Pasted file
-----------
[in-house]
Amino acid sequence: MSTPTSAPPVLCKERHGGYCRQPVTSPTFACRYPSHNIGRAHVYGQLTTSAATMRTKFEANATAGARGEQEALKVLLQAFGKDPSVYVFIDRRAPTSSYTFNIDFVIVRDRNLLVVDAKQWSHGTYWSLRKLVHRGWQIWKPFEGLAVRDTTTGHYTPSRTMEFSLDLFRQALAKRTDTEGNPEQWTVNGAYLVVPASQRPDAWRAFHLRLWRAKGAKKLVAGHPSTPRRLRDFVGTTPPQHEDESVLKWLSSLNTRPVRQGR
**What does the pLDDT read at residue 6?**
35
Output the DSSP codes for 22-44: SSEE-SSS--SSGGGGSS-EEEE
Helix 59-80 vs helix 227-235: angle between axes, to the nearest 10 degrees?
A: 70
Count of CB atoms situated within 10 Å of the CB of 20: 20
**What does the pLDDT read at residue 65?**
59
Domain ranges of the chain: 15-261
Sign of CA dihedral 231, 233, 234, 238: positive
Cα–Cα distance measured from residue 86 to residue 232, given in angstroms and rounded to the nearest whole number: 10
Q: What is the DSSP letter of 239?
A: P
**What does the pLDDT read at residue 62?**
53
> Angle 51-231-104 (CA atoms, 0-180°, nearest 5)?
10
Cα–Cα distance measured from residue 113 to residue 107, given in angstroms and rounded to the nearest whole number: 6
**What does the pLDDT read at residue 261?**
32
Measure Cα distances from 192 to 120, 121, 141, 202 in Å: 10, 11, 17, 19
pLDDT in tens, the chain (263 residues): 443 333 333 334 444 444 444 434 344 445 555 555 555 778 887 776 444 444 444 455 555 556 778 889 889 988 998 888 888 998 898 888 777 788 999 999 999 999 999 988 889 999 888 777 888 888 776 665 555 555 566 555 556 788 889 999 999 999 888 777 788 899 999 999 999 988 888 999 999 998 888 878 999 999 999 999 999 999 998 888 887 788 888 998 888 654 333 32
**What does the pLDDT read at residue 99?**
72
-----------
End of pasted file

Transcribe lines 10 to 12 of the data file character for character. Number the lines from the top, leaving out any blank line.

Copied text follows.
59
Domain ranges of the chain: 15-261
Sign of CA dihedral 231, 233, 234, 238: positive